At the start of the Canadian media coverage of the Idle No More movement in December 2012, the movement was being portrayed as a Chief Theresa Spence protest via her hunger strike, and has now shifted to a First Nations issue. The reality is that the movement was started as mentioned by one white Canadian and three First Nations Canadians (Sheelah McLean, Nina Wilson, Sylvia McAdam, and Jess Gordon), and the movement deals with national and international issues which involve all of humanity. To sideline the movement as solely a First Nations movement is simply false and corrupts Canadian political discourse and the ability of Canadians to form an objective opinion of the movement.

Sheelah McLean Interview

Understanding the Canadian Prime Minister Powers

FDA Reports, Articles, Podcasts on Canada








Mr. Stephen Garvey, Foundation for Democratic Advancement, Executive Director






Question for Readers: 

Is neoliberalism, which basically gambles on the marketplace to direct humanity in the better direction, the better ideology to deal with global environmental and human and political rights issues?

Or in the alternative, is neoliberalism a cause of global environmental and human and political rights issues?

  

Thursday, January 10, 2013

Zapatistas--The Sound of the Silence

Congregation of the Zapatistas on December 21, 2012, in which they participated in the March of the Ezln. (Photo credit: Pozol Colectivo)
From the shadows of the jungle in one of the poorest provinces in Mexico (Chiapas) emerged a movement that attempted to voice what had not been heard for more than 4 centuries. The Zapatista movement (EZLN) better known as zapatista army of national liberation is a movement that questioned the authoritarian rule of PRI (Institutional Revolutionary Party) for over 70 years and the alleged process of modernization in Mexico during the last part of the 1980´s decade. The President Carlos Salinas de Gortari undertook a series of actions in order to portray Mexico as an innovative, competitive and dynamic economic entity that could be deemed as a country in transition towards modernization. The achievement of NAFTA (North American Free Trade Agreement) as a means to form a bloc in North America to promote trade and the liberalization of the economy was the first step to fully insert Mexico in the international arena. Presumably, this agreement would bring unprecedented benefits for the population, boosting comparative advantages that could be exploited by Mexico. However, the macroeconomic situation differs significantly from the microeconomic reality, which in the vast majority of cases was devastated by the new trade agreement.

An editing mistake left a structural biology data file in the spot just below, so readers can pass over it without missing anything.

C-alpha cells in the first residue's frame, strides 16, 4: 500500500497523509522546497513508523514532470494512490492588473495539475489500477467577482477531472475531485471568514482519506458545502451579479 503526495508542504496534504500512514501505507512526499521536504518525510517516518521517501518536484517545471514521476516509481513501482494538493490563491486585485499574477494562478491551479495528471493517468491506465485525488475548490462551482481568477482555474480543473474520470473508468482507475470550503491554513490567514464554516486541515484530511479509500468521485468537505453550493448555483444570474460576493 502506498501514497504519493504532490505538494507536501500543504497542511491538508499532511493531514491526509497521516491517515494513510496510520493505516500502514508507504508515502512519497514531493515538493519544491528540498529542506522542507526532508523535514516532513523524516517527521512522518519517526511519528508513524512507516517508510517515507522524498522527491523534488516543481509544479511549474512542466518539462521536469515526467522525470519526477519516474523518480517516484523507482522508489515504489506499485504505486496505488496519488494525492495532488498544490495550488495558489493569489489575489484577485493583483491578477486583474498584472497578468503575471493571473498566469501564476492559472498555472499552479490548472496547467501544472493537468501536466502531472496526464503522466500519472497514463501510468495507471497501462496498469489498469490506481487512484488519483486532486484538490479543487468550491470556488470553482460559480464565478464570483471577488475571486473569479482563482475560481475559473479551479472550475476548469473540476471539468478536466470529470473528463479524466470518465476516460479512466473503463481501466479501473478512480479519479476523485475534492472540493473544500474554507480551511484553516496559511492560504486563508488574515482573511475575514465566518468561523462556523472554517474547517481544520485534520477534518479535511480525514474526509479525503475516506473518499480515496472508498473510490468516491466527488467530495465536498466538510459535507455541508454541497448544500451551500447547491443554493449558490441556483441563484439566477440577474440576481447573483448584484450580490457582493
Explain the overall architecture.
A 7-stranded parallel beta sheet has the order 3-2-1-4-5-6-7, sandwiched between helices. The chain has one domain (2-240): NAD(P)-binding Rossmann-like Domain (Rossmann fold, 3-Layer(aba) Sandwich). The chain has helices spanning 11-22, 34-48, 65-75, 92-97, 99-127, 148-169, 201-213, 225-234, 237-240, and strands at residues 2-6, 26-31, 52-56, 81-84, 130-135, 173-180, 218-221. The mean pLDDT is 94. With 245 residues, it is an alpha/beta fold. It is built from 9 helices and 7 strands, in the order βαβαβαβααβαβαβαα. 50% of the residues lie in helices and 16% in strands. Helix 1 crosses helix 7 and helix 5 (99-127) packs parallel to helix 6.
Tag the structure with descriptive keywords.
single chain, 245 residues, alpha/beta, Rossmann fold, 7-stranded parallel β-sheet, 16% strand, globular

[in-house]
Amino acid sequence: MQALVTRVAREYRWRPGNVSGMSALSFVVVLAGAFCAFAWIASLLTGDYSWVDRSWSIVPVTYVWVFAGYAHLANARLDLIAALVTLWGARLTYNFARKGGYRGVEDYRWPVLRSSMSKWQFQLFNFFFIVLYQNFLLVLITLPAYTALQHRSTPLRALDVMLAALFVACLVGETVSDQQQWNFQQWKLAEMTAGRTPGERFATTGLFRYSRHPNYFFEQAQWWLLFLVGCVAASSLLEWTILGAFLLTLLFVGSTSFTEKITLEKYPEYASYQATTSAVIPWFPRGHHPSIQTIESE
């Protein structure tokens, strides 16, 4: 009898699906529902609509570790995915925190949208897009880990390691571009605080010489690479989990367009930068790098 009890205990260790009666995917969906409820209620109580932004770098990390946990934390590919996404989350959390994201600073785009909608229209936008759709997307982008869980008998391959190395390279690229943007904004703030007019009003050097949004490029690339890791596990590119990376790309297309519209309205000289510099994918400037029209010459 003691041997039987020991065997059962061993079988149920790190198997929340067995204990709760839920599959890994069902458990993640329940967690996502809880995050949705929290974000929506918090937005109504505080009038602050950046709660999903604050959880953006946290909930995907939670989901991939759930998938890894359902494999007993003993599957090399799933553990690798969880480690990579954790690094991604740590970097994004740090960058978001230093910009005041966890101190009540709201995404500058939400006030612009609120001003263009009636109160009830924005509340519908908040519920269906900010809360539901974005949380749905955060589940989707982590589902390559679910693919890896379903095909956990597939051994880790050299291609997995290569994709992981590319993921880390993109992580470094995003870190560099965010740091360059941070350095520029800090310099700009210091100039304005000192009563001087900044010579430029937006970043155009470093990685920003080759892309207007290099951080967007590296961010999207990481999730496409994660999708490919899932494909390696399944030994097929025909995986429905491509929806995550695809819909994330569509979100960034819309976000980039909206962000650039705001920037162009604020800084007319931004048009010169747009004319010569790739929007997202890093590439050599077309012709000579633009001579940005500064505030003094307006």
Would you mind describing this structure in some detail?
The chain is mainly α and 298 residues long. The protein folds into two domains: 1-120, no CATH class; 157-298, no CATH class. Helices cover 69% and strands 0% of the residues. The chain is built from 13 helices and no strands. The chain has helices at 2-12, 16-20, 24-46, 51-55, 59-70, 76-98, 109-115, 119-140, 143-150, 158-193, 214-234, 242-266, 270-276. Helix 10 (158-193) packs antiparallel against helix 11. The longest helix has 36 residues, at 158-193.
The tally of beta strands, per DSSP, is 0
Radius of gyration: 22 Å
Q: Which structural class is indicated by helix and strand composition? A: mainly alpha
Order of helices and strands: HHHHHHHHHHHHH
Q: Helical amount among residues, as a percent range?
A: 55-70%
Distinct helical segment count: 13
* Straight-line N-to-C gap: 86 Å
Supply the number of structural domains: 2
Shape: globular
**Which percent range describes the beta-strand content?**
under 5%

What was the reason for the Zapatistas to appear in the 1990's?

There are many factors that explain their appearance, however, some of the most important are the ensuing:

a) An unilateral policy that excluded indigenous people from participation in the political arena